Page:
Kent Rominger has spent more than 1,600 hr. in space, all in low Earth orbit. The two-time shuttle commander has a host of memories on which to reflect, including how unbelievably fast the coast of Florida receded as he soared aloft on his first launch. But it was his first look in the other direction that really sticks in his mind.

“The most incredible thing I’ve ever seen is the color looking out into space—and that color is black—a black so dark, so stark, so vast, I’d never seen anything like it before,” he recalls. “And then it dawned on me, well, it is not the color, it is not the black that is so captivating. What I was really appreciating was the vastness of space. Without the atmosphere, I could tell I was looking trillions and trillions of miles into the depths of space, and it really struck me.”

That vastness, that sense of possibility that has drawn explorers like Rominger since the first protohumans wandered out of Africa an instant ago in cosmic time—or millions of Earth orbits around the Sun—is the backdrop to the push to go beyond this planet that began with Yuri Gagarin’s launch in 1961. It continued last month when an American, a Russian and a German lifted off from that same pad in Kazakhstan for the International Space Station (photo).

Maxim Suraev, Alexander Gerst and Reid Wiseman reached their destination 6 hr. later. That is as deep into space as humans have gone—with the exception of a few flights to the Hubble Space Telescope and other slightly higher targets in low Earth orbit—since Apollo 17 started its return trip from the Moon Dec. 14, 1972.

The space station is the engineering marvel of our age—a spaceship the length of a football field where six people conduct cutting-edge scientific research while refining our collective skill at operating above the atmosphere. But the space agencies of the world do not agree on where we should go next with that hard-won expertise. There are not that many choices, and the few that there are will not be easy. Mars, it seems, is as far as humankind can practicably expect to go, for now.

“Based on limitations to human physiology, based on reasonable technical limitations to the ability to shield humans during long voyages in interplanetary space, the horizon goal for human space exploration is Mars,” says Jonathan Lunine, a top planetary scientist at Cornell University, who co-chaired the recent U.S. National Research Council (NRC) human-spaceflight study. “Now, horizon in this case essentially means the farthest goal. It is not the only goal.”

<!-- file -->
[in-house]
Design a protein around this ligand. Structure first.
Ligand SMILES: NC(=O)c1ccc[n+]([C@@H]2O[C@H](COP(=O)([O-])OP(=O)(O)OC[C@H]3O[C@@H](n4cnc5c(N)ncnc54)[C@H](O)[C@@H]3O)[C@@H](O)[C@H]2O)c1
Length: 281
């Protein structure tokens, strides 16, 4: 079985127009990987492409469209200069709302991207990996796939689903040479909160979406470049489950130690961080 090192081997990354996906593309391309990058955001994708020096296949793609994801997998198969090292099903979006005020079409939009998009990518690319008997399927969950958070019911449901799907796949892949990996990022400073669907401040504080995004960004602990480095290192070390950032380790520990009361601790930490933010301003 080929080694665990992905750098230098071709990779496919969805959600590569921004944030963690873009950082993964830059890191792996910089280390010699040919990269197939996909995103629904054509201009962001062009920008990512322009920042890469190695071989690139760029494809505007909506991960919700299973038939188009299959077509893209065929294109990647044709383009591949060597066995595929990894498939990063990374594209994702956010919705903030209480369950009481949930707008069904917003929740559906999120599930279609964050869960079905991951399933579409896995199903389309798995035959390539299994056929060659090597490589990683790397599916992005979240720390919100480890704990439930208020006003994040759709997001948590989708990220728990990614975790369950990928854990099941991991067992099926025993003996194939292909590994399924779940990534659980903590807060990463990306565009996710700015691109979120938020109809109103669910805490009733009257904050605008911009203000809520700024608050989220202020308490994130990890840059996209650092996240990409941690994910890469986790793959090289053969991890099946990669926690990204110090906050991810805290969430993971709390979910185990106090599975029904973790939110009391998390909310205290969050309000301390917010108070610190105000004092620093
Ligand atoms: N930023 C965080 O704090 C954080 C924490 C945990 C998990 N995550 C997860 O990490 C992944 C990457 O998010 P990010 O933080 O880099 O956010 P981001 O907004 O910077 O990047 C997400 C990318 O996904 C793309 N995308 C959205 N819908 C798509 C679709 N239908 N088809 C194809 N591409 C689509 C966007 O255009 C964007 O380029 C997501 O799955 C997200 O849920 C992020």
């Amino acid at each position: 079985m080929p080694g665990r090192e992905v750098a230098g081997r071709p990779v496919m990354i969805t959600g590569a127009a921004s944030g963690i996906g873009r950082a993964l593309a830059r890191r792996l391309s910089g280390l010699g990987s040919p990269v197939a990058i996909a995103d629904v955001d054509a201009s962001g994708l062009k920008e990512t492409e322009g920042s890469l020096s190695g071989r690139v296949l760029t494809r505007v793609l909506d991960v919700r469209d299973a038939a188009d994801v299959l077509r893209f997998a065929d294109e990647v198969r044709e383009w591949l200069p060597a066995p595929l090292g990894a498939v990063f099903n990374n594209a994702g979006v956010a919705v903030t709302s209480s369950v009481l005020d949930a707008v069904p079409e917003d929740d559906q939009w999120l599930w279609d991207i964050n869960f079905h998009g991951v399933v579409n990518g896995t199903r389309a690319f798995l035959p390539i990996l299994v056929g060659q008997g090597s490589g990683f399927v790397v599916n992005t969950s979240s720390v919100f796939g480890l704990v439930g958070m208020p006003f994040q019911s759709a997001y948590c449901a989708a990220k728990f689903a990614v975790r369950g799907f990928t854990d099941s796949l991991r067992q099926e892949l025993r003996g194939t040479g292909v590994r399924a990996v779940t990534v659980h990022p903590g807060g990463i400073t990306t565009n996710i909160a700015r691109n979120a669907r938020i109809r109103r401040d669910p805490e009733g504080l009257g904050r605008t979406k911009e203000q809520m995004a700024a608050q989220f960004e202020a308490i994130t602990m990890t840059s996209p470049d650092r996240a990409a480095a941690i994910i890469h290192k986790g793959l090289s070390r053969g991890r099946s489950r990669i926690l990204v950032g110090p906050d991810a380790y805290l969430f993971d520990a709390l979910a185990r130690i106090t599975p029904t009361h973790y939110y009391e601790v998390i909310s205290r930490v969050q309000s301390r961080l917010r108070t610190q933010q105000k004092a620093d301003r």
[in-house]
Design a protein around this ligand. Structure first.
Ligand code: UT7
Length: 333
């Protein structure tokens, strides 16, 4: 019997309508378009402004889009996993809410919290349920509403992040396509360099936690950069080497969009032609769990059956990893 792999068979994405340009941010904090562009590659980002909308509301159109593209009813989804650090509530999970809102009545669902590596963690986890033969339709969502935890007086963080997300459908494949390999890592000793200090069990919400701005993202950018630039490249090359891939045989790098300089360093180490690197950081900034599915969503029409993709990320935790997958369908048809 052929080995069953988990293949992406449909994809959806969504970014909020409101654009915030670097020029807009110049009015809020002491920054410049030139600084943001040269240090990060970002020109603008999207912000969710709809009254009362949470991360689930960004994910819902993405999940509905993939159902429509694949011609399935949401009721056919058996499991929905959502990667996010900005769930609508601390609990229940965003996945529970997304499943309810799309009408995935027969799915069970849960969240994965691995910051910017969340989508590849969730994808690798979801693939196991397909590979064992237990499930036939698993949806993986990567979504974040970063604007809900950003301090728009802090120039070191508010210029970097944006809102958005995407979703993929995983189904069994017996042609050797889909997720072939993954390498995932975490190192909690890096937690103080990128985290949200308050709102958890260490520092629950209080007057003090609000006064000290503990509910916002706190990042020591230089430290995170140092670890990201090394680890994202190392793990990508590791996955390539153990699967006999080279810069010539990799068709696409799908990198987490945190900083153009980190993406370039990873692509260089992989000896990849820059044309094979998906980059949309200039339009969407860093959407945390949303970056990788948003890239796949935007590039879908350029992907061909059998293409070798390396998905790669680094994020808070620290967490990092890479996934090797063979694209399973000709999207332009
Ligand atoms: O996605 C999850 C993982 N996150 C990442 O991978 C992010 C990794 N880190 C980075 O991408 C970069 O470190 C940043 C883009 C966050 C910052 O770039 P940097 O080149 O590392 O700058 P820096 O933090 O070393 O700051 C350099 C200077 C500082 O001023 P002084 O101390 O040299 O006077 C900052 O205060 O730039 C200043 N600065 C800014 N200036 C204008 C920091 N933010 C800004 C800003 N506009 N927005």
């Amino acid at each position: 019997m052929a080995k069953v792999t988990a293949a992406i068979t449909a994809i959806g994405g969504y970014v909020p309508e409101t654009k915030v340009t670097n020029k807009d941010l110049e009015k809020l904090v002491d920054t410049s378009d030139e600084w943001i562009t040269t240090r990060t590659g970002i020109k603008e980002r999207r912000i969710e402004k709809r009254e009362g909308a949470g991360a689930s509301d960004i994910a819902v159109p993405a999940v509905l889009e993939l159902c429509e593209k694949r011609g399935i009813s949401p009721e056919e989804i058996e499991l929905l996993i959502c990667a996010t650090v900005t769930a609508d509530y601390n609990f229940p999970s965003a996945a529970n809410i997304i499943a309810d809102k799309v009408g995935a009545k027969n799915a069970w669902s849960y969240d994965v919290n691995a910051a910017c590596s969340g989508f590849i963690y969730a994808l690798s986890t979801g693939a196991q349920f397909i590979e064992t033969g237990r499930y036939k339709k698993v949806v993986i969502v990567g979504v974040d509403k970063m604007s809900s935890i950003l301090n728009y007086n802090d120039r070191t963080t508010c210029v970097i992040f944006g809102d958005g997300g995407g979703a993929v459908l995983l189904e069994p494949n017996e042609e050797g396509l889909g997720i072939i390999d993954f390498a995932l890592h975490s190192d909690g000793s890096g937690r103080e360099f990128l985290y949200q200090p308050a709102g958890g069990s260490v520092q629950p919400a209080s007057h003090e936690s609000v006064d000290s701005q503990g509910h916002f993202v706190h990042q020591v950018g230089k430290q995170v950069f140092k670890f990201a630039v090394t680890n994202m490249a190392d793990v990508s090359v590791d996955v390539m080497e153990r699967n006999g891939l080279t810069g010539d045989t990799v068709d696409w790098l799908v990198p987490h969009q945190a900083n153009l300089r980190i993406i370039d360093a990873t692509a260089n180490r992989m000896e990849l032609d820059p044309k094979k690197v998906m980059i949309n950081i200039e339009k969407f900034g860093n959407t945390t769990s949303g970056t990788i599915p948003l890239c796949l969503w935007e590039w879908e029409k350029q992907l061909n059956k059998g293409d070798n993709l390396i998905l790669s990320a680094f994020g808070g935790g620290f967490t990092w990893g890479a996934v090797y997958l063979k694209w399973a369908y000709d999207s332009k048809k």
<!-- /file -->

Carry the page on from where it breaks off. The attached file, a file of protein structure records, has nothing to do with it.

Nor will it be cheap. Ultimately, the NRC panel found, the human exploration of Mars will take “decades” of work, and cost “hundreds of billions” of dollars. No one has that kind of money—not the U.S., not China and not, in the foreseeable future, all of the spacefaring nations and wannabees put together.

“I would not want to indulge in specious precision to say whether it was $300 billion or $500 billion, but it is a lot of money,” says John C. Sommerer, a retired Applied Physics Laboratory engineer who headed the subcommittee that drafted the technical portion of the NRC report. “Given that we currently spend on the order of $8 billion [annually in the U.S.] on human spaceflight, you immediately understand why it is a long-term program.”

Although humans are getting a robot’s-eye view of the Martian surface every day, courtesy of the Curiosity rover (see page 40), no one even pretends there will be a human landing there until the 2030s at the earliest. Most of the world’s space agencies include Mars in their exploration plans, but only NASA treats it as a viable goal toward which work is ongoing now that is designed to make it happen.

Like the U.S. space program from its earliest days, NASA’s latest plan is a product of pragmatism, pork-barrel politics and some brilliant engineering. There is also an element of blarney—Administrator Charles Bolden says it will take only “a modest increase” in funding to land humans on Mars in 20 years or so, following the path NASA has cobbled together since the Obama administration ordered a course change five years ago (AW&ST April 28, p. 20).

That has since been amended to funding “consistent with economic growth.” The NRC panel, and many other skeptics, would beg to differ. But Bolden—who commanded the shuttle mission that went deeper into space than any other to put the Hubble Space Telescope in orbit—is right on target when he says Congress isn’t going to give the space program almost 4% of the federal budget, as it did during the Cold War race to the Moon. He is also right when he says “we are farther down the road [to deep space] than we have been for a long, long, long time.”

The articles that follow help pinpoint where that is.